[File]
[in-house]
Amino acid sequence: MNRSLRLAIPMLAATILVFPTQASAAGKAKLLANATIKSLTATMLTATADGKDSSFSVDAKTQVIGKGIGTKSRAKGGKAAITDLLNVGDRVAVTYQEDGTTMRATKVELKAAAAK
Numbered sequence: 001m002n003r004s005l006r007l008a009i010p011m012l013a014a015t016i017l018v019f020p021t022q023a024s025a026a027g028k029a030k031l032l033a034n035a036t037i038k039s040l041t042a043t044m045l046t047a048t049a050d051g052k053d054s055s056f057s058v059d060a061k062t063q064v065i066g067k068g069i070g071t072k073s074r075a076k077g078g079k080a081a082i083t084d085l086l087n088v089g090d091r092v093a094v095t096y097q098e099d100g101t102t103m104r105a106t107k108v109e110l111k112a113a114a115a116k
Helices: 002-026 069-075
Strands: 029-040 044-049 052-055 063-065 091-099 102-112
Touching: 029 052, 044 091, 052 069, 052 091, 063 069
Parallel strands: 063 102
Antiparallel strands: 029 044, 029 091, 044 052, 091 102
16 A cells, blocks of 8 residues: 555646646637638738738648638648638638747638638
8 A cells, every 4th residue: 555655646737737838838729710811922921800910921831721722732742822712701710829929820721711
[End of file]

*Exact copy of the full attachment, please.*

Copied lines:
[in-house]
Amino acid sequence: MNRSLRLAIPMLAATILVFPTQASAAGKAKLLANATIKSLTATMLTATADGKDSSFSVDAKTQVIGKGIGTKSRAKGGKAAITDLLNVGDRVAVTYQEDGTTMRATKVELKAAAAK
Numbered sequence: 001m002n003r004s005l006r007l008a009i010p011m012l013a014a015t016i017l018v019f020p021t022q023a024s025a026a027g028k029a030k031l032l033a034n035a036t037i038k039s040l041t042a043t044m045l046t047a048t049a050d051g052k053d054s055s056f057s058v059d060a061k062t063q064v065i066g067k068g069i070g071t072k073s074r075a076k077g078g079k080a081a082i083t084d085l086l087n088v089g090d091r092v093a094v095t096y097q098e099d100g101t102t103m104r105a106t107k108v109e110l111k112a113a114a115a116k
Helices: 002-026 069-075
Strands: 029-040 044-049 052-055 063-065 091-099 102-112
Touching: 029 052, 044 091, 052 069, 052 091, 063 069
Parallel strands: 063 102
Antiparallel strands: 029 044, 029 091, 044 052, 091 102
16 A cells, blocks of 8 residues: 555646646637638738738648638648638638747638638
8 A cells, every 4th residue: 555655646737737838838729710811922921800910921831721722732742822712701710829929820721711